Community-based fisheries organisations and sustainable development: Lessons learned from a comparison between European and Asian countries

Published Article on Marine Policy Volume 132, October 2021, 104672


Iria García-Lorenzo, Department of Applied Economics, ERENEA, ECOBAS, University of Vigo, 36310 Vigo, Spain

Dewan Ahsan, Department of Sociology, Environmental and Business Economics and Co-head, Danish Center for Risk and Safety Management, University of Southern Denmark, Esbjerg 6700, Denmark

Manuel Varela-Lafuente, Department of Applied Economics, ERENEA, ECOBAS, University of Vigo, 36310 Vigo, Spain


Small-scale fisheries (SSF) provide livelihoods for millions of people, contribute to global food security and economic development, and are considered a less aggressive type of fishing activity. Therefore, SSF can significantly contribute to sustainable development, particularly in areas related to the sea and marine resources.

However, the characteristics of the local communities involved in SSF, and their organisational and managerial capacities, can significantly affect the effectiveness and sustainability of the activity.

From this perspective, this paper discusses different aspects of the contribution of community-based fisheries organisations (CBFOs) to sustainable development in SSF. To do this, a comparative analysis was carried out for several European, Southeast Asian and South Asian countries, in contexts with institutional, historical and environmental diversity. The cases studied are Spain, Portugal, Cambodia, Vietnam and Bangladesh. The analysis was based on the approaches from the New Institutional Economics and the Social and Solidarity Economy (specifically on compliance with the cooperative principles).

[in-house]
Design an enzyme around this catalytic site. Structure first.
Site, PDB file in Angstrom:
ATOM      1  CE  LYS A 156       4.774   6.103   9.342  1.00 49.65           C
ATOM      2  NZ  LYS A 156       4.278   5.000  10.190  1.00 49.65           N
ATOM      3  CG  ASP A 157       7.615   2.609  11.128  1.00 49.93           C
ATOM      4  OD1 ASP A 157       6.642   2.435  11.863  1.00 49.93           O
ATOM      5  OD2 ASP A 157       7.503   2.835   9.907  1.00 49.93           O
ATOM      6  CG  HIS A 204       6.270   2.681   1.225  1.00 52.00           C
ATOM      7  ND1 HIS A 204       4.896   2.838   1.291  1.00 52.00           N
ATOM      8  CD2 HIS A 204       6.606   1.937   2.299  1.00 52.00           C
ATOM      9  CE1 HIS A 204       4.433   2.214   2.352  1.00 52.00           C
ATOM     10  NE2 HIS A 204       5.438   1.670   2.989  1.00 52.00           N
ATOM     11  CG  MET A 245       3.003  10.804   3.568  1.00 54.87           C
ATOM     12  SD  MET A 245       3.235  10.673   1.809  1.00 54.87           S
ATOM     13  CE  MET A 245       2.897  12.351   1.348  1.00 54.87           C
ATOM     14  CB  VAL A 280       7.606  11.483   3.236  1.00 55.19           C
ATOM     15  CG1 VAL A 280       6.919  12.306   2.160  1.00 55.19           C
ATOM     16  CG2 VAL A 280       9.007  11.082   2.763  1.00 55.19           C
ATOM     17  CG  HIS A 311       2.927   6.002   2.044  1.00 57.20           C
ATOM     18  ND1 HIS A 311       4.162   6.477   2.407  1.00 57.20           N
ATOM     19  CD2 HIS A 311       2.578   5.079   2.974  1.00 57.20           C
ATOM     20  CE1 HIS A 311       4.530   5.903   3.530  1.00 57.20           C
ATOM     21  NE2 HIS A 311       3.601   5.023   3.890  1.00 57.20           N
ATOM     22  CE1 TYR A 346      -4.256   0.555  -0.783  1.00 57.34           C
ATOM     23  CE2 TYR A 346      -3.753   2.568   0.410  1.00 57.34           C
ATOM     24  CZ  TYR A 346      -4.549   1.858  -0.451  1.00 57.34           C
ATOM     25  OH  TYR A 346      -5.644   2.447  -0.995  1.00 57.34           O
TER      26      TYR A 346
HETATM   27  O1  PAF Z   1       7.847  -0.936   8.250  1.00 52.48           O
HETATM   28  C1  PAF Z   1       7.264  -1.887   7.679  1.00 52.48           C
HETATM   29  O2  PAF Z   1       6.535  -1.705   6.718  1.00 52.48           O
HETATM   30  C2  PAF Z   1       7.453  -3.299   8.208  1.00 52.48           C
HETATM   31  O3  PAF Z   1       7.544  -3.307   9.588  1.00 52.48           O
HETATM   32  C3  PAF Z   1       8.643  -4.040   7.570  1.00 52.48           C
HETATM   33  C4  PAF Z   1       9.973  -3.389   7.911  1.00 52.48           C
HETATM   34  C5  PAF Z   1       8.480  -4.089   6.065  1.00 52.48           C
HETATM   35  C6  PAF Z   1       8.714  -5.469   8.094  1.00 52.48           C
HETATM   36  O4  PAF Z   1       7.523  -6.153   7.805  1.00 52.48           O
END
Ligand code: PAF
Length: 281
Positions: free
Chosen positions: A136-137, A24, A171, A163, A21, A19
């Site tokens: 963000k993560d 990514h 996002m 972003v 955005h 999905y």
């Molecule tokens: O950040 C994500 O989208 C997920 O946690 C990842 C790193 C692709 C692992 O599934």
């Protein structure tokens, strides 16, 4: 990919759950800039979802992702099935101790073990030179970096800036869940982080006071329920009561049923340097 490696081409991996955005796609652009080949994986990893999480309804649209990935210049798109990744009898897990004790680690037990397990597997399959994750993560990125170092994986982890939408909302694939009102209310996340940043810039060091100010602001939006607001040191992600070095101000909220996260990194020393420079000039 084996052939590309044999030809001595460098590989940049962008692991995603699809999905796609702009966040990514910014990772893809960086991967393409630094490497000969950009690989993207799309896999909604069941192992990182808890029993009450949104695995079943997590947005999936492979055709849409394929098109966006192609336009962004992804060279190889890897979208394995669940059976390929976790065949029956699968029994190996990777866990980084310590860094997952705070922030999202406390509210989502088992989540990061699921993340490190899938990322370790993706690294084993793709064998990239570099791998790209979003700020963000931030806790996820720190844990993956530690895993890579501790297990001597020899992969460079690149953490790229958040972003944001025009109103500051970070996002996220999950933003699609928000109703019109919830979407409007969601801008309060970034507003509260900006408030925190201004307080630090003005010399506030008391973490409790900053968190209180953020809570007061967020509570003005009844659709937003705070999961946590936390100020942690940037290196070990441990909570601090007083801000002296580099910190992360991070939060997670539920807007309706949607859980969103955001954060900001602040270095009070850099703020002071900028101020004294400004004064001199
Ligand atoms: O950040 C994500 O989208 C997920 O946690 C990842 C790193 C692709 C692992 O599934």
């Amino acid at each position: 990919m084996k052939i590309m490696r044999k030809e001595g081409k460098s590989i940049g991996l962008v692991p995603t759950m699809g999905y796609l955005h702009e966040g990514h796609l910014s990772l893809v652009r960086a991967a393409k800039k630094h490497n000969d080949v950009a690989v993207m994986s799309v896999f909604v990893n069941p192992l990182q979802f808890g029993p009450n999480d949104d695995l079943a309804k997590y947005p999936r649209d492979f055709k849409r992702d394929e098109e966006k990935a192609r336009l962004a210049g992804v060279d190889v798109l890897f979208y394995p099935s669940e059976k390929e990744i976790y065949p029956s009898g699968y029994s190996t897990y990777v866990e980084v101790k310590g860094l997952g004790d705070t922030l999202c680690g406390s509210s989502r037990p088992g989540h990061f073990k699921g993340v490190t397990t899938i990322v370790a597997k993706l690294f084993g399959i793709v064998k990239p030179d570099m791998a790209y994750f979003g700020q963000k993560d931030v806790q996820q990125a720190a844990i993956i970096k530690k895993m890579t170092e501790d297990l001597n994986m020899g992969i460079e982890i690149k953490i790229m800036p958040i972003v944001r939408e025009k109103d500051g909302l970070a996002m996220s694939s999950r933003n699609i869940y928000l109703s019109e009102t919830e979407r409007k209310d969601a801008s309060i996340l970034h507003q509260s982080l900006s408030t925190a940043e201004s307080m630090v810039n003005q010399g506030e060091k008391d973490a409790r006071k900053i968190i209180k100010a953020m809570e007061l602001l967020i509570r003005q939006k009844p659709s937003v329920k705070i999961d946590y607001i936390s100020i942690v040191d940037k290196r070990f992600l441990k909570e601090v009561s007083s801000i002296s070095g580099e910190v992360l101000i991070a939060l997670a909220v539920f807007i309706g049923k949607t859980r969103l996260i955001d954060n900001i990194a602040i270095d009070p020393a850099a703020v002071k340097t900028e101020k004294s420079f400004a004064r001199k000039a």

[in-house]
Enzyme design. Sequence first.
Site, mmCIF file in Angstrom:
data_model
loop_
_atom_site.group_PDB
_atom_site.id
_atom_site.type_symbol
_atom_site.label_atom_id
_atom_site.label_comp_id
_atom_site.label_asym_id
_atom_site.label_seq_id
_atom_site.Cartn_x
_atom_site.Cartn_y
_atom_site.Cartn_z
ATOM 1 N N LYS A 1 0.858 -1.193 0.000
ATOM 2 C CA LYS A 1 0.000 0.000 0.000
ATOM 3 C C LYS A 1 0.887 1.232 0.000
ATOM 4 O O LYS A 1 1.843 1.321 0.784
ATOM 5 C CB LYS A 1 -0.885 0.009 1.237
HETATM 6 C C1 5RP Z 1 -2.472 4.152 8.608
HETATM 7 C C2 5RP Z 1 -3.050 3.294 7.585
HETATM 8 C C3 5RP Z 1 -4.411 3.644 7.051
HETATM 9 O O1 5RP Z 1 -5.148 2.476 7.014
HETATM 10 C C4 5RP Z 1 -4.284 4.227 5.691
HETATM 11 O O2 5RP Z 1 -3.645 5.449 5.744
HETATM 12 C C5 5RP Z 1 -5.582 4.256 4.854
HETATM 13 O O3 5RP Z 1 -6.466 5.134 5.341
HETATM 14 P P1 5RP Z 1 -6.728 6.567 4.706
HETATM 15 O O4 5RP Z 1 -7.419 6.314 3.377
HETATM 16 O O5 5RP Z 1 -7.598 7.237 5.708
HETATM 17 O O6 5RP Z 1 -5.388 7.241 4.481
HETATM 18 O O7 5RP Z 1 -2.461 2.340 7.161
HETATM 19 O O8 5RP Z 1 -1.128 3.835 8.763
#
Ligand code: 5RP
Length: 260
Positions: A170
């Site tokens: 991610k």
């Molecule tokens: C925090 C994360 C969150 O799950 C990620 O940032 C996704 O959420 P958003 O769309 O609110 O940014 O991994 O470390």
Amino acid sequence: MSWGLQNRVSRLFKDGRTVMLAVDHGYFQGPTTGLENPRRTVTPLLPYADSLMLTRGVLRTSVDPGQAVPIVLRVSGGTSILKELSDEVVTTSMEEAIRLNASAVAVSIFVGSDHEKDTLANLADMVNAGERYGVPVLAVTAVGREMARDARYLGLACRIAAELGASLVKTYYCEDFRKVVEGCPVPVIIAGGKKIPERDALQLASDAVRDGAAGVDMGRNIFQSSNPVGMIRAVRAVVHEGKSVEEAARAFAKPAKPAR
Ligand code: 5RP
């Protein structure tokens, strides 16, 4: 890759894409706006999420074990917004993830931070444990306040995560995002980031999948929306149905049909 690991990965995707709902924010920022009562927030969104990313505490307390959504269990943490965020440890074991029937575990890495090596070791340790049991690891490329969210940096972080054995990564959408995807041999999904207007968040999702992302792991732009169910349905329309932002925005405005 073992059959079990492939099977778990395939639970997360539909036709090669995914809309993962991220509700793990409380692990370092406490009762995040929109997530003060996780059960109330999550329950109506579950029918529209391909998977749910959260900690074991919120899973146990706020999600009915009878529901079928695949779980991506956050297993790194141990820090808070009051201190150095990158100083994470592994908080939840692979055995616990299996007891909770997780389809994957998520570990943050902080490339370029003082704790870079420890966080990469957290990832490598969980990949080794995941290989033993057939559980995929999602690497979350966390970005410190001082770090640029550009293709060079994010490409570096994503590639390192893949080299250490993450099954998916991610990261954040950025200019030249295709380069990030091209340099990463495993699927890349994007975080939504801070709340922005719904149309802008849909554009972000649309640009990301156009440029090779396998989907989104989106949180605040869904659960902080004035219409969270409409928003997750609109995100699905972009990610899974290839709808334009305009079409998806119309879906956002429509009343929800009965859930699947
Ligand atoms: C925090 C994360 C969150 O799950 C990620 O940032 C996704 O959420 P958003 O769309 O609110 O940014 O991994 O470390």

The authors may share with you the full article, please request to :

Contact : Dr. Iria Garcia – University of Vigo – Researcher, Economics and Business Administration for Society (ECOBAS), Department of Applied Economics, ERENEA, University of Vigo, Spain

Contact : Dr. Dewan Ahsan – Southern Denmark University – Associate Professor, Department of Sociology, Environmental and Business Economics, University of Southern Denmark

Link to the full article here